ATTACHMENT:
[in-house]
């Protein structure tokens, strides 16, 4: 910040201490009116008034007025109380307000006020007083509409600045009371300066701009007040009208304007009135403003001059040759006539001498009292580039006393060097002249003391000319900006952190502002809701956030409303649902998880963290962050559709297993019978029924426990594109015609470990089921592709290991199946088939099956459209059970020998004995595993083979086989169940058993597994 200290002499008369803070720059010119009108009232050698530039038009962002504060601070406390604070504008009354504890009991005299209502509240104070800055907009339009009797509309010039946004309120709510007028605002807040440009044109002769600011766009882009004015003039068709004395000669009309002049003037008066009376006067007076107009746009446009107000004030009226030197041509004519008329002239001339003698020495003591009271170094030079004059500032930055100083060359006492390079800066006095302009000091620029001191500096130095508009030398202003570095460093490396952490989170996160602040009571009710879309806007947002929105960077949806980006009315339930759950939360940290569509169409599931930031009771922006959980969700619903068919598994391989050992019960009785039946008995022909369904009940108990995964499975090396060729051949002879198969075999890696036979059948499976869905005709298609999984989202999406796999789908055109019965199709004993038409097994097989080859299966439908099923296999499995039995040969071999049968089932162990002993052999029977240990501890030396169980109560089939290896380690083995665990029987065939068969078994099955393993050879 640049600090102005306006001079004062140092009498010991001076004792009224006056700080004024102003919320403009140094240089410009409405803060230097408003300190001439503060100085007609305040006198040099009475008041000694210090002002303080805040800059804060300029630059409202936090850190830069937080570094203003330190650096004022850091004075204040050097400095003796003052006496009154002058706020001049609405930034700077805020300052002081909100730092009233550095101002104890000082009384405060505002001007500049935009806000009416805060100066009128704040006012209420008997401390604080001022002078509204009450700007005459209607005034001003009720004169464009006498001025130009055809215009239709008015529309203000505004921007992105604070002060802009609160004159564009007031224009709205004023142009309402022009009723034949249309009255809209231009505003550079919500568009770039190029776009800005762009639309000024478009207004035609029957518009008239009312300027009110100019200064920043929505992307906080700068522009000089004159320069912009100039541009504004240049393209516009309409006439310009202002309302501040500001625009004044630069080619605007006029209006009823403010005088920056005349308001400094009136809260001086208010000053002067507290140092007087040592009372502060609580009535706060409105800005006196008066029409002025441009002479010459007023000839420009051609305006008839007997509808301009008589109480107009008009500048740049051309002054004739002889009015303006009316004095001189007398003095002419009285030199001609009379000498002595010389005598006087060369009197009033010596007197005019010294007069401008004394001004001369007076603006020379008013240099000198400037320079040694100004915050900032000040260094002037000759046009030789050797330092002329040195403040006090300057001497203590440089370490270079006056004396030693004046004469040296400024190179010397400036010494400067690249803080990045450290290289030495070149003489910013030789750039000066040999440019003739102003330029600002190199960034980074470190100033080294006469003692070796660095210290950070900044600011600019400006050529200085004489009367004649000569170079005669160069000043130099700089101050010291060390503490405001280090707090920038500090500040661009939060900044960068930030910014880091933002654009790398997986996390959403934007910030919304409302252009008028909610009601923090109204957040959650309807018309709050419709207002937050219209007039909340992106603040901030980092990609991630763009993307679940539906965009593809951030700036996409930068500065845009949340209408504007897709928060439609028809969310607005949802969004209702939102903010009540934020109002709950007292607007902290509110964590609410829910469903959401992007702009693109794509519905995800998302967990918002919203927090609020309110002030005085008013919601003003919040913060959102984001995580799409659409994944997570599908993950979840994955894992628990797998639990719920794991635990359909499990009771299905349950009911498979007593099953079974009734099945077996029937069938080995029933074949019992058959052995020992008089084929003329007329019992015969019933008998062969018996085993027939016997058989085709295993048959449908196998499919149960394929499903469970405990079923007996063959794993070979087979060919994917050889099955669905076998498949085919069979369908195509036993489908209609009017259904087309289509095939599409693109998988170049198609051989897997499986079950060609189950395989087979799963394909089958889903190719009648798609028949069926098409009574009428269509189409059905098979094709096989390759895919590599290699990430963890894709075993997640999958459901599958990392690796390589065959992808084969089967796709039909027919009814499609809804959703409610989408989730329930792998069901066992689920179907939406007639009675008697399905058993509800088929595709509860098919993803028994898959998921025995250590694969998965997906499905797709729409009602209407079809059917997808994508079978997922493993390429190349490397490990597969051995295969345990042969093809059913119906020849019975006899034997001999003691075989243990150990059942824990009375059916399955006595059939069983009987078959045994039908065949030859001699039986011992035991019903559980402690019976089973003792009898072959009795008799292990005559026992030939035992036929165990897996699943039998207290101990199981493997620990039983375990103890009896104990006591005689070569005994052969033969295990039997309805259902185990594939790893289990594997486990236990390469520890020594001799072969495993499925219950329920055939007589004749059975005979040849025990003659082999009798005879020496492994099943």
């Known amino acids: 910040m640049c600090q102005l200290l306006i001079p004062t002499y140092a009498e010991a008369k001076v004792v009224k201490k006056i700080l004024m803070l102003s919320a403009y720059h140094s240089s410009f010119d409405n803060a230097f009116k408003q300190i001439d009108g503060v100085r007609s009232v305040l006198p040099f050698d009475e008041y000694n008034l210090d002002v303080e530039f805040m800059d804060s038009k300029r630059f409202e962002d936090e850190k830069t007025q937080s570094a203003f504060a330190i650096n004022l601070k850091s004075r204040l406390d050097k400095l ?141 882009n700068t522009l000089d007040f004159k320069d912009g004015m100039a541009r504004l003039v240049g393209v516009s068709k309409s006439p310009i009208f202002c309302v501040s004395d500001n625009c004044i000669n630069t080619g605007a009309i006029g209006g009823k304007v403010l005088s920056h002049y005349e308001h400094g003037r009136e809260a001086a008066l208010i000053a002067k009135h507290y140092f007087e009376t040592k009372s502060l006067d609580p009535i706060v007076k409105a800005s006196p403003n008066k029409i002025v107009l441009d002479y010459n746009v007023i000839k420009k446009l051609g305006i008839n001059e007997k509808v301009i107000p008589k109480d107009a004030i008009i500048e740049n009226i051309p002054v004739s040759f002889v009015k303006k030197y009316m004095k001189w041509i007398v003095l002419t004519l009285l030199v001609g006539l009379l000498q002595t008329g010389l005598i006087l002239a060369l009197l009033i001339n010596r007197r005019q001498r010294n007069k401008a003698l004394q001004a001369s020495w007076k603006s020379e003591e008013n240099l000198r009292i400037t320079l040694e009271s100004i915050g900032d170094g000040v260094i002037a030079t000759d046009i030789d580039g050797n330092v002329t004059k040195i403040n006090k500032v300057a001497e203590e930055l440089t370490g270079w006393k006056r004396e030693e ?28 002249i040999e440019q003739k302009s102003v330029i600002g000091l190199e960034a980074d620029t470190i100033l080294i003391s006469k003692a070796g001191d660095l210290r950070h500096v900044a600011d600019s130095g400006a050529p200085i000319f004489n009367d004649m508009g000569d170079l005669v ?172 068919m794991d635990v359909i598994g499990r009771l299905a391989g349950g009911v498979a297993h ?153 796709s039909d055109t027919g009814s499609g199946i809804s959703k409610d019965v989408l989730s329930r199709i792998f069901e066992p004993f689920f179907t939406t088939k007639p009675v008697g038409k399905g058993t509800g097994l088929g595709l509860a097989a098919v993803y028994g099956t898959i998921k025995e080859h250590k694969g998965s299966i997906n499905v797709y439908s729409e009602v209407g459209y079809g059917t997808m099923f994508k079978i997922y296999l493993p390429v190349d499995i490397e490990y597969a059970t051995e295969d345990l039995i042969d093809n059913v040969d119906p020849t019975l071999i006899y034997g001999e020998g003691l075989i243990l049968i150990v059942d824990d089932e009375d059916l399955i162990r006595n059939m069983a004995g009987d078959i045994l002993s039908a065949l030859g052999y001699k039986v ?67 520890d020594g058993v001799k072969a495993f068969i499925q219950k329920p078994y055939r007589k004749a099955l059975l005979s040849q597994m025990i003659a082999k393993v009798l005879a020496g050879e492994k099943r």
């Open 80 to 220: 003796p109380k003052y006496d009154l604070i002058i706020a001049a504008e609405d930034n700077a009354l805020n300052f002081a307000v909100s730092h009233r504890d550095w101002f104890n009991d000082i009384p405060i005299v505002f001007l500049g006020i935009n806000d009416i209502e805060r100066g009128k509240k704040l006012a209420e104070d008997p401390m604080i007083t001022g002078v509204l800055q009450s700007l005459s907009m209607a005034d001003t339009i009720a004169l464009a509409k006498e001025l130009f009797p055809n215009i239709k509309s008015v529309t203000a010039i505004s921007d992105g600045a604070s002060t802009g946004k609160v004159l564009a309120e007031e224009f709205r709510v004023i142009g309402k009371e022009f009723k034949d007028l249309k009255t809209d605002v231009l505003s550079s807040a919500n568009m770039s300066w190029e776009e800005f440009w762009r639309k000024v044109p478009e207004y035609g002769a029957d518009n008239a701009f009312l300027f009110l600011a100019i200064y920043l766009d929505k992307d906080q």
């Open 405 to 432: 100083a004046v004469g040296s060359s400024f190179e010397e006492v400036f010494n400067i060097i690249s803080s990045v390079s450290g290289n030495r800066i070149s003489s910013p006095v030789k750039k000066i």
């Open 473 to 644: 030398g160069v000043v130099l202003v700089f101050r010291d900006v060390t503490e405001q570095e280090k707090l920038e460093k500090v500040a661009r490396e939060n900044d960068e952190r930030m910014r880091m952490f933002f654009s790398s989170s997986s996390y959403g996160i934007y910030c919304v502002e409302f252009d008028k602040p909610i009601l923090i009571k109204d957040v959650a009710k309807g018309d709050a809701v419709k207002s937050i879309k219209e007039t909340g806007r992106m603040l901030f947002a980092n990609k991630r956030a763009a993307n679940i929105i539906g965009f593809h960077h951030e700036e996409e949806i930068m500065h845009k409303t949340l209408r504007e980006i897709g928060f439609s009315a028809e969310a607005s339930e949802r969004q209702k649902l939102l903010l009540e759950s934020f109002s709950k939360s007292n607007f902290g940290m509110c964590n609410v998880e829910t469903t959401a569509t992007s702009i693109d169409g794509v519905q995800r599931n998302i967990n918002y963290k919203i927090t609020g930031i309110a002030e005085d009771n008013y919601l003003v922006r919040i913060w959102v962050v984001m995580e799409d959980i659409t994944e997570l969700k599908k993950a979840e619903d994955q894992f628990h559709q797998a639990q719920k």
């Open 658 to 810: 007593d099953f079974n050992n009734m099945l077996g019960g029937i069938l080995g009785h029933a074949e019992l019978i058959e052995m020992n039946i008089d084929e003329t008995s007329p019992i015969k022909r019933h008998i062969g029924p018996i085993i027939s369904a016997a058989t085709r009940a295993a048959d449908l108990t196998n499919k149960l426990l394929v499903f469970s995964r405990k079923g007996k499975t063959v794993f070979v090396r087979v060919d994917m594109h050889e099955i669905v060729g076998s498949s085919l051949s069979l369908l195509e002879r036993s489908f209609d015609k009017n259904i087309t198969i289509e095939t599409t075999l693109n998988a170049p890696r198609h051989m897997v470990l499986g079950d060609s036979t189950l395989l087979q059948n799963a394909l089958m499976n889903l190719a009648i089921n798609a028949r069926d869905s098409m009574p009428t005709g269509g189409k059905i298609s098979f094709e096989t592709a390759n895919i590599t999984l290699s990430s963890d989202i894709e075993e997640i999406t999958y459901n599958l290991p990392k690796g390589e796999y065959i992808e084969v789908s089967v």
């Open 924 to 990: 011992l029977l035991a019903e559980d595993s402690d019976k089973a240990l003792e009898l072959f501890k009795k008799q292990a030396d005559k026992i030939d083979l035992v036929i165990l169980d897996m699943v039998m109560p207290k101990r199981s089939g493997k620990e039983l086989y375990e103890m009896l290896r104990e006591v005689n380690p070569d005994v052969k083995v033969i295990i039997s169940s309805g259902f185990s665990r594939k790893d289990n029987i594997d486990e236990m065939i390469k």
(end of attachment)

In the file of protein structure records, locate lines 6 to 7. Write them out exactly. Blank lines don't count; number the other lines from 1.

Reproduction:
């Open 473 to 644: 030398g160069v000043v130099l202003v700089f101050r010291d900006v060390t503490e405001q570095e280090k707090l920038e460093k500090v500040a661009r490396e939060n900044d960068e952190r930030m910014r880091m952490f933002f654009s790398s989170s997986s996390y959403g996160i934007y910030c919304v502002e409302f252009d008028k602040p909610i009601l923090i009571k109204d957040v959650a009710k309807g018309d709050a809701v419709k207002s937050i879309k219209e007039t909340g806007r992106m603040l901030f947002a980092n990609k991630r956030a763009a993307n679940i929105i539906g965009f593809h960077h951030e700036e996409e949806i930068m500065h845009k409303t949340l209408r504007e980006i897709g928060f439609s009315a028809e969310a607005s339930e949802r969004q209702k649902l939102l903010l009540e759950s934020f109002s709950k939360s007292n607007f902290g940290m509110c964590n609410v998880e829910t469903t959401a569509t992007s702009i693109d169409g794509v519905q995800r599931n998302i967990n918002y963290k919203i927090t609020g930031i309110a002030e005085d009771n008013y919601l003003v922006r919040i913060w959102v962050v984001m995580e799409d959980i659409t994944e997570l969700k599908k993950a979840e619903d994955q894992f628990h559709q797998a639990q719920k």
């Open 658 to 810: 007593d099953f079974n050992n009734m099945l077996g019960g029937i069938l080995g009785h029933a074949e019992l019978i058959e052995m020992n039946i008089d084929e003329t008995s007329p019992i015969k022909r019933h008998i062969g029924p018996i085993i027939s369904a016997a058989t085709r009940a295993a048959d449908l108990t196998n499919k149960l426990l394929v499903f469970s995964r405990k079923g007996k499975t063959v794993f070979v090396r087979v060919d994917m594109h050889e099955i669905v060729g076998s498949s085919l051949s069979l369908l195509e002879r036993s489908f209609d015609k009017n259904i087309t198969i289509e095939t599409t075999l693109n998988a170049p890696r198609h051989m897997v470990l499986g079950d060609s036979t189950l395989l087979q059948n799963a394909l089958m499976n889903l190719a009648i089921n798609a028949r069926d869905s098409m009574p009428t005709g269509g189409k059905i298609s098979f094709e096989t592709a390759n895919i590599t999984l290699s990430s963890d989202i894709e075993e997640i999406t999958y459901n599958l290991p990392k690796g390589e796999y065959i992808e084969v789908s089967v």